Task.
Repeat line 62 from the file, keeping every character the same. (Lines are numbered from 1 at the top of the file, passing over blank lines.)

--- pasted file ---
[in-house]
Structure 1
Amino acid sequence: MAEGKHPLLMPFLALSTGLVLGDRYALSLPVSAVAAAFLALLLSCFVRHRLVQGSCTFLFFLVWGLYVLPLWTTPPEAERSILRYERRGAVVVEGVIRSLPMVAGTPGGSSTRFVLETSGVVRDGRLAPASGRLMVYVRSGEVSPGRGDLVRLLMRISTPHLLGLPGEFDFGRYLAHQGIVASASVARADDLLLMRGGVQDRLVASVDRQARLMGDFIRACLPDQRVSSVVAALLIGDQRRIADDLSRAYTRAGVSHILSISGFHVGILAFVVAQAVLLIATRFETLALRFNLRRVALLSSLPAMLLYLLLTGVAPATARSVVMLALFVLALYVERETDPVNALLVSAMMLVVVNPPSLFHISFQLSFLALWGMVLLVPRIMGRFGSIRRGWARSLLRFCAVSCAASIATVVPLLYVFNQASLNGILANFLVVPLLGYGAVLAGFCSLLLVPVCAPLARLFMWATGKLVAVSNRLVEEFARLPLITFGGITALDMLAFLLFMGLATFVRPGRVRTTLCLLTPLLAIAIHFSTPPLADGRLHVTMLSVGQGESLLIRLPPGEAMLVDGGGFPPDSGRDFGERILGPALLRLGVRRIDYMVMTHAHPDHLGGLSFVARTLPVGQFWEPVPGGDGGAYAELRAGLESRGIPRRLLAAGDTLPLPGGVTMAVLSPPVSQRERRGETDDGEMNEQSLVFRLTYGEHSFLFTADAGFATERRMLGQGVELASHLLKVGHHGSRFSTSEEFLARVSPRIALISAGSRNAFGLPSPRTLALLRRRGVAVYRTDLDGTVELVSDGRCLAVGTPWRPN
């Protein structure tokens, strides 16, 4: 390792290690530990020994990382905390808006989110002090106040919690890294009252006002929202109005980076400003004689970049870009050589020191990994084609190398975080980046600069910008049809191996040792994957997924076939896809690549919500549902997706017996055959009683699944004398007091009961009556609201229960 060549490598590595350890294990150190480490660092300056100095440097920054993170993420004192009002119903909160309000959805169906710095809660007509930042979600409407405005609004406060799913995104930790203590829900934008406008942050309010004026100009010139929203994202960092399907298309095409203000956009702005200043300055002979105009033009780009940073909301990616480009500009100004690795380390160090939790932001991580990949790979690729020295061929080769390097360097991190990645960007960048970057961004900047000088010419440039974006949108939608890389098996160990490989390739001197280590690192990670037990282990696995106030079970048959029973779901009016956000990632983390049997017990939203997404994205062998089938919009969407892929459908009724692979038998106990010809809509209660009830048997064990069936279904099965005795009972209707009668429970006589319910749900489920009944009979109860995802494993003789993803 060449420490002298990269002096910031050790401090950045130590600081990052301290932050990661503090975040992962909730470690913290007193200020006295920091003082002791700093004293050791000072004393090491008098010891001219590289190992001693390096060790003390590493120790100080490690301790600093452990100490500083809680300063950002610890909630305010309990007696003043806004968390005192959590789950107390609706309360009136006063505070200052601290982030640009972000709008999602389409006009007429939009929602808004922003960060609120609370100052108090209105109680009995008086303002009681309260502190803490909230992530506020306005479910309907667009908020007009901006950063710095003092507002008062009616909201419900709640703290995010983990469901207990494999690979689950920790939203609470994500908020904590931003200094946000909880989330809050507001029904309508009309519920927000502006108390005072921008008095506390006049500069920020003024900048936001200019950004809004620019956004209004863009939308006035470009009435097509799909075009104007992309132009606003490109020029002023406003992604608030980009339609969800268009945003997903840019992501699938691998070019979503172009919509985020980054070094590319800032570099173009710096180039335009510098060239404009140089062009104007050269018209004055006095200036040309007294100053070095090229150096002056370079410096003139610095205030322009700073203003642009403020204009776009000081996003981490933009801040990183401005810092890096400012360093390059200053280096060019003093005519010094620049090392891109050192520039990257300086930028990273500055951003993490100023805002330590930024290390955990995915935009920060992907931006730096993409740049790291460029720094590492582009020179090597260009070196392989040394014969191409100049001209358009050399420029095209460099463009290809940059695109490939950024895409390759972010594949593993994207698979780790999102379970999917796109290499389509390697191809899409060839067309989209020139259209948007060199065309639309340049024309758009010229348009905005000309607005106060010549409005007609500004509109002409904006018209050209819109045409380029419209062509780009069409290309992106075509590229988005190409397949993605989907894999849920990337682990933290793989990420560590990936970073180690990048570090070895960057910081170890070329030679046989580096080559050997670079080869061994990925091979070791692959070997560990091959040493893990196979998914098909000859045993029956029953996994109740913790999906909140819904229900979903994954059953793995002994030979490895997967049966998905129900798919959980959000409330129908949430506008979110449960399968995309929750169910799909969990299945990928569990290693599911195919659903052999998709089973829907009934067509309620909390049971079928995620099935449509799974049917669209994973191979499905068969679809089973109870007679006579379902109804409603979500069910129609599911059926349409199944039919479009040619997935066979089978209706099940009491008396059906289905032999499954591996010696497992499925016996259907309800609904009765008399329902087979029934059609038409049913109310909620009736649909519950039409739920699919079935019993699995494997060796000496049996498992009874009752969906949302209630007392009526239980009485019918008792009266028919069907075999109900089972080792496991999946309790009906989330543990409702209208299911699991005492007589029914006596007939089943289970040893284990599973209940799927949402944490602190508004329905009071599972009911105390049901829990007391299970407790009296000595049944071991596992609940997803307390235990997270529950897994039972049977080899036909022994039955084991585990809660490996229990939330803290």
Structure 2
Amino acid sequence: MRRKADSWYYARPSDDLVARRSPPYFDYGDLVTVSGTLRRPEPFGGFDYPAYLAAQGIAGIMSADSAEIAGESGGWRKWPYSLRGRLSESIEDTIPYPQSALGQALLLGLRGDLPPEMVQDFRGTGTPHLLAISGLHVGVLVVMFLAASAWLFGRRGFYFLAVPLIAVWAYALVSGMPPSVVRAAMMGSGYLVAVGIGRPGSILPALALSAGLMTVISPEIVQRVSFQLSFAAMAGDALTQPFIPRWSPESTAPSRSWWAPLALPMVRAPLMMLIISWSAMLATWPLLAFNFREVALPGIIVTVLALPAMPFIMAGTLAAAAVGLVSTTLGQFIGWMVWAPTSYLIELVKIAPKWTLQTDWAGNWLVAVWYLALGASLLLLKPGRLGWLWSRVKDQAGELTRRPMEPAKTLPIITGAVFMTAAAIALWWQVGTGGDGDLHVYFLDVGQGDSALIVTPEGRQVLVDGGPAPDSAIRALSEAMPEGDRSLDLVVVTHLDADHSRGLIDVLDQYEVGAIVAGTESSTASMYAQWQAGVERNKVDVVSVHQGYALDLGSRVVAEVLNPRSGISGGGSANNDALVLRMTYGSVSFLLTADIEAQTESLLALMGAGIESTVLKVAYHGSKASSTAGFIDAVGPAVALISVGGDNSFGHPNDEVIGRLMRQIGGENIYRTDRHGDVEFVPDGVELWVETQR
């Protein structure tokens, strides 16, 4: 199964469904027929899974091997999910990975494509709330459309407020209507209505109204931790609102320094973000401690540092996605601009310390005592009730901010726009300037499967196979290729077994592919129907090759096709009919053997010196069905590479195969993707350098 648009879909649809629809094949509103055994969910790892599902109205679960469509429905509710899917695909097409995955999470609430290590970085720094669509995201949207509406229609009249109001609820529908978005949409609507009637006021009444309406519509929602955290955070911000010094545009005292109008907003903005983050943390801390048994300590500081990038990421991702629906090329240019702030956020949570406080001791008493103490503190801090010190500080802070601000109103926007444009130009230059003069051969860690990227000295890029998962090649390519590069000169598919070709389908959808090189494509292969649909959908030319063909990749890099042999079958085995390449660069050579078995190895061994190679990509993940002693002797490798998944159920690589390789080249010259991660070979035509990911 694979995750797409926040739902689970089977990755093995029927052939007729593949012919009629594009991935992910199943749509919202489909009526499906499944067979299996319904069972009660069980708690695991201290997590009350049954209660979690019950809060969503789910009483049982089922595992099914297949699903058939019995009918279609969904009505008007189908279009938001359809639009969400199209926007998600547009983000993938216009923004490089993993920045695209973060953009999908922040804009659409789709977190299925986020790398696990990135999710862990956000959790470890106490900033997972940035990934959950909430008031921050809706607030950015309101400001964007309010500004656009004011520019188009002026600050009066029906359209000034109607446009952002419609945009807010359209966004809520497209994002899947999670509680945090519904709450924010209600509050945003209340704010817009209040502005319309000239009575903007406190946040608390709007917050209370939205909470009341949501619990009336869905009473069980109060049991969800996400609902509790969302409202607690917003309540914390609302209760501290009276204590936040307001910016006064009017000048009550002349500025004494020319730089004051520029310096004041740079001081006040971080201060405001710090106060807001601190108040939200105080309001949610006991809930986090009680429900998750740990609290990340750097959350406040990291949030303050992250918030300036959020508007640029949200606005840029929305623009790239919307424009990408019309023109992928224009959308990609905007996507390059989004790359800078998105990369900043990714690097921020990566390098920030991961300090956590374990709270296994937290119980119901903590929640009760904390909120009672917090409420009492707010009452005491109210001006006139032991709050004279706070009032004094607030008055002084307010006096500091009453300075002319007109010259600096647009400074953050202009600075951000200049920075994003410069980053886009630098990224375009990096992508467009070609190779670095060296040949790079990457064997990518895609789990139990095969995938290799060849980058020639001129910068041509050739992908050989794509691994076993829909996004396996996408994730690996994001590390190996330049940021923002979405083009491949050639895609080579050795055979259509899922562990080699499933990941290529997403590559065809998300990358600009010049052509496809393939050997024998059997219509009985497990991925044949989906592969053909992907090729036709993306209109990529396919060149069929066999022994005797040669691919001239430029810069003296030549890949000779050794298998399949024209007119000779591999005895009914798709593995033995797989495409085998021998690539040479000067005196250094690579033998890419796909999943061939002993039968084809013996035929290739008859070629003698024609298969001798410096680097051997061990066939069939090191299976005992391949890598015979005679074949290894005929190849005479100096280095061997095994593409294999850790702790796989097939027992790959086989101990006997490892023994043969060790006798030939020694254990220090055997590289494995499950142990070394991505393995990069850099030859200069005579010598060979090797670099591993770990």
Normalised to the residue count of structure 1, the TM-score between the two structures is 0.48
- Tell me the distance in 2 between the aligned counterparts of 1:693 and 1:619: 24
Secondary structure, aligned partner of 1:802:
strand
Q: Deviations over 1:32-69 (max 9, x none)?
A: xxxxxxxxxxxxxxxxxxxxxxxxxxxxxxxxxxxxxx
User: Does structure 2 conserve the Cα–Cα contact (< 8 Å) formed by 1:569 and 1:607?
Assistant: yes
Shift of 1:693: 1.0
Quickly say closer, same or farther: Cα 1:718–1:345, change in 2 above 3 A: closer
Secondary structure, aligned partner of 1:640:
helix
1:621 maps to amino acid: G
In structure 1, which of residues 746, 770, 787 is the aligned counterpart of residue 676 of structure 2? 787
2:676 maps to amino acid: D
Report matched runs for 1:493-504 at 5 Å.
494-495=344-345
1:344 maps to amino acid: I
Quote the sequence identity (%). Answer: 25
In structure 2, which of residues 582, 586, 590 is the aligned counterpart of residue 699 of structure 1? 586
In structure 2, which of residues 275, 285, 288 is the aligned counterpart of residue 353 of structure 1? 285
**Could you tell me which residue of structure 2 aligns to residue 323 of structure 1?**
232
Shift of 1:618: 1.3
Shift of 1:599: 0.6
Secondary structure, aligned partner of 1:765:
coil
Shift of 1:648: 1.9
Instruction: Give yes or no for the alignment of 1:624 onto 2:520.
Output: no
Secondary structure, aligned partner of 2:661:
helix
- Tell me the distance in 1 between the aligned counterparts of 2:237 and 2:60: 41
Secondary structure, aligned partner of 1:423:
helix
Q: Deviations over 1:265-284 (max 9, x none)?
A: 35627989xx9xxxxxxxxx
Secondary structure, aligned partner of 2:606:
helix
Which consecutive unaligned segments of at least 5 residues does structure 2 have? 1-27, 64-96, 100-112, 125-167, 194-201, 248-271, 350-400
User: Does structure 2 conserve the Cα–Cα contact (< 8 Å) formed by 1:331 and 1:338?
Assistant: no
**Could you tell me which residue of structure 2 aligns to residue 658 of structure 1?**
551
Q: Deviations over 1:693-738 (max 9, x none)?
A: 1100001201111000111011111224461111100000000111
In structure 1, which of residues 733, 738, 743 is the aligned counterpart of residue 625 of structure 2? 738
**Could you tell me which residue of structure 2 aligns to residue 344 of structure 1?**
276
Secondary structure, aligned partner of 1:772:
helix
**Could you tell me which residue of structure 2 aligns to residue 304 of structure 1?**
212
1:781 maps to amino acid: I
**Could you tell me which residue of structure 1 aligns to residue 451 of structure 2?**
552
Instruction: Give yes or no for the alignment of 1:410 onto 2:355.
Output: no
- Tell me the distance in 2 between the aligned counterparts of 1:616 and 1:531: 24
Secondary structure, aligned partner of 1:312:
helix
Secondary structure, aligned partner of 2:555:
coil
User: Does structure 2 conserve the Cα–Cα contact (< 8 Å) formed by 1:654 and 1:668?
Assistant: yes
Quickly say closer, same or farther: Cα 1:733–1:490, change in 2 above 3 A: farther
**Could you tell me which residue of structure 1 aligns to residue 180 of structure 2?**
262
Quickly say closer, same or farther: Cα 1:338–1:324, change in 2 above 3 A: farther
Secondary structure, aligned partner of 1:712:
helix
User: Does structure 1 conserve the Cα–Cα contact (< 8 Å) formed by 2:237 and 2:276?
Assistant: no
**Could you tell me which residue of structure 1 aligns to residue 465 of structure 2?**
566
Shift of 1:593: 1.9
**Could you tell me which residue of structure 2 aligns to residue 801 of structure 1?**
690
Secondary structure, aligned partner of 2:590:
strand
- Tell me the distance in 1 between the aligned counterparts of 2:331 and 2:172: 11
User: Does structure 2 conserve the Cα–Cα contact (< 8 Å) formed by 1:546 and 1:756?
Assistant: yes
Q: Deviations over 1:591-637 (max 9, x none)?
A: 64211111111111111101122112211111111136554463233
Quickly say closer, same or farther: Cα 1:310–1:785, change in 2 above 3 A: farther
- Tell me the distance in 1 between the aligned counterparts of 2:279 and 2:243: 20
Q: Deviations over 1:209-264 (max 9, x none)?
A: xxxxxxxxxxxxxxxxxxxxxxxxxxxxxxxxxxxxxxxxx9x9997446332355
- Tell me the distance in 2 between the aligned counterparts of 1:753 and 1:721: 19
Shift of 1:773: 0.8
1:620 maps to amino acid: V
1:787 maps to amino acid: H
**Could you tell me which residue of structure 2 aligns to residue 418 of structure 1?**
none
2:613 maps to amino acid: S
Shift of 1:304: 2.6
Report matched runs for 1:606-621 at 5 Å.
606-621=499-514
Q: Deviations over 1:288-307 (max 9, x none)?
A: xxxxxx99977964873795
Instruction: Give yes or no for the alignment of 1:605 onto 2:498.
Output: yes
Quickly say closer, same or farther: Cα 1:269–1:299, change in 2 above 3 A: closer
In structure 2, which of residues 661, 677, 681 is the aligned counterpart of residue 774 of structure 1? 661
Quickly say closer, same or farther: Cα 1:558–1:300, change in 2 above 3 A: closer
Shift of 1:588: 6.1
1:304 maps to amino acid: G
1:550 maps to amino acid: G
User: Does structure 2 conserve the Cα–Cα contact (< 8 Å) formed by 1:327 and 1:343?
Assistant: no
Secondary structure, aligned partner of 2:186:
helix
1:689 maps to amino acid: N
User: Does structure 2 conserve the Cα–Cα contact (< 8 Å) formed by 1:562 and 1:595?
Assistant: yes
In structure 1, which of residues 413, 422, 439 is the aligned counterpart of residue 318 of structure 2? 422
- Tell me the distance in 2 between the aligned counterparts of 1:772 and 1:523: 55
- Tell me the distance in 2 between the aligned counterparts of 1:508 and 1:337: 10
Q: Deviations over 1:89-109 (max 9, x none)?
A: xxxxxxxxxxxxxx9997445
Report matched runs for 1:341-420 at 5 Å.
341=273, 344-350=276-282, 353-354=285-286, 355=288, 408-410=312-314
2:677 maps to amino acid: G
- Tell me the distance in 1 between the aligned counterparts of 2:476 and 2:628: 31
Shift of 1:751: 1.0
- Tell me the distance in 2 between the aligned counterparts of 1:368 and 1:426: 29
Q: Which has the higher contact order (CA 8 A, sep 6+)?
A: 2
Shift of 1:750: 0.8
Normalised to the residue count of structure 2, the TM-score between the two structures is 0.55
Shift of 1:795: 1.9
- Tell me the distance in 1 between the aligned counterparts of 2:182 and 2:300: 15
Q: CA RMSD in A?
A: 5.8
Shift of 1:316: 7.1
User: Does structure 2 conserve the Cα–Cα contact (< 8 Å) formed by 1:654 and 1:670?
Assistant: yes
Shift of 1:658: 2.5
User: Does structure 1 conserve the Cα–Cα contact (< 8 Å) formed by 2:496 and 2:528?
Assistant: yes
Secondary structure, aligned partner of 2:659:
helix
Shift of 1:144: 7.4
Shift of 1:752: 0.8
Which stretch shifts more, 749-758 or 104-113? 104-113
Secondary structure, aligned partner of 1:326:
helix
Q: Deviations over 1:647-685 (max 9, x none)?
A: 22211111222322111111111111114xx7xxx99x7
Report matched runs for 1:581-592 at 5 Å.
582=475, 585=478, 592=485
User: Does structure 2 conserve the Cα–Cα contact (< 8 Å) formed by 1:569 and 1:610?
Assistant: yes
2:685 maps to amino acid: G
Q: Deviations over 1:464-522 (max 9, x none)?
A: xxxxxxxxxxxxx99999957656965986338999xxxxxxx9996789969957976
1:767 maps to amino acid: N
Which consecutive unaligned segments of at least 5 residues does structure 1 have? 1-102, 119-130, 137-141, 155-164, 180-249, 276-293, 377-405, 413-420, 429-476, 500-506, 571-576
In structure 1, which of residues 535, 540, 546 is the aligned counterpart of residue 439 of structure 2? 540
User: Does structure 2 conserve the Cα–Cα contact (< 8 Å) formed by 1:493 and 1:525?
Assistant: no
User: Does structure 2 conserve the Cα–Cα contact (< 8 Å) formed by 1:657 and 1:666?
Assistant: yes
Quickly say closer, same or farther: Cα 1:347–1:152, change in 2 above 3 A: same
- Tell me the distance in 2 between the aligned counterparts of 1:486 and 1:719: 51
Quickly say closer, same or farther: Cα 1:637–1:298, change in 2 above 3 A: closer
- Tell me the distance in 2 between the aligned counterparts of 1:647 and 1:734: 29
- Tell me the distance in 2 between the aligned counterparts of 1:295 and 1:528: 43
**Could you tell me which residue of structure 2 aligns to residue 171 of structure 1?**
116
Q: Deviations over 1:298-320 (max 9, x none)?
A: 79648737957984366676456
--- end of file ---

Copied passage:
**Could you tell me which residue of structure 1 aligns to residue 451 of structure 2?**